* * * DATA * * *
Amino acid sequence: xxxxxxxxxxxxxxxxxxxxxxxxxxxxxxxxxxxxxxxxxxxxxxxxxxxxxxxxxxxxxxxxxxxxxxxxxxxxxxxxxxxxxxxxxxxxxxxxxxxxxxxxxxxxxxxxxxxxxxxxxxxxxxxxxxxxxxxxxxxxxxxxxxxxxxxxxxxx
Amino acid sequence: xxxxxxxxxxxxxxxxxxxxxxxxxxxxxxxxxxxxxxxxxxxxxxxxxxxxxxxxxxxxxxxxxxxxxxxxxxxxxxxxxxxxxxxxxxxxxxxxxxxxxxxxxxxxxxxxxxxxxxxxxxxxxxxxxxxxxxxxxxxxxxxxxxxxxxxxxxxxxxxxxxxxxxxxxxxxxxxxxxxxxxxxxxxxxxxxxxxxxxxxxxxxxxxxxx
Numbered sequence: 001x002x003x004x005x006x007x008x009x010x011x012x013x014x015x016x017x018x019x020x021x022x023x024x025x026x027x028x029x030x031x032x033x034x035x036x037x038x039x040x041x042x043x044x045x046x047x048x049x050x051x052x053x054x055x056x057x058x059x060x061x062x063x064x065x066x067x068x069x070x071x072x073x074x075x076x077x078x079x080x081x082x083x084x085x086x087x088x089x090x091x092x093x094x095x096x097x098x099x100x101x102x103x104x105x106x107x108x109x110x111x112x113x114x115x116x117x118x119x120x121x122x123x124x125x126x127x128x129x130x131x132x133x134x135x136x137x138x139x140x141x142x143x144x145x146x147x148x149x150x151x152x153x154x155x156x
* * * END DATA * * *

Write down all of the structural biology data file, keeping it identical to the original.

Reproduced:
Amino acid sequence: xxxxxxxxxxxxxxxxxxxxxxxxxxxxxxxxxxxxxxxxxxxxxxxxxxxxxxxxxxxxxxxxxxxxxxxxxxxxxxxxxxxxxxxxxxxxxxxxxxxxxxxxxxxxxxxxxxxxxxxxxxxxxxxxxxxxxxxxxxxxxxxxxxxxxxxxxxxx
Amino acid sequence: xxxxxxxxxxxxxxxxxxxxxxxxxxxxxxxxxxxxxxxxxxxxxxxxxxxxxxxxxxxxxxxxxxxxxxxxxxxxxxxxxxxxxxxxxxxxxxxxxxxxxxxxxxxxxxxxxxxxxxxxxxxxxxxxxxxxxxxxxxxxxxxxxxxxxxxxxxxxxxxxxxxxxxxxxxxxxxxxxxxxxxxxxxxxxxxxxxxxxxxxxxxxxxxxxx
Numbered sequence: 001x002x003x004x005x006x007x008x009x010x011x012x013x014x015x016x017x018x019x020x021x022x023x024x025x026x027x028x029x030x031x032x033x034x035x036x037x038x039x040x041x042x043x044x045x046x047x048x049x050x051x052x053x054x055x056x057x058x059x060x061x062x063x064x065x066x067x068x069x070x071x072x073x074x075x076x077x078x079x080x081x082x083x084x085x086x087x088x089x090x091x092x093x094x095x096x097x098x099x100x101x102x103x104x105x106x107x108x109x110x111x112x113x114x115x116x117x118x119x120x121x122x123x124x125x126x127x128x129x130x131x132x133x134x135x136x137x138x139x140x141x142x143x144x145x146x147x148x149x150x151x152x153x154x155x156x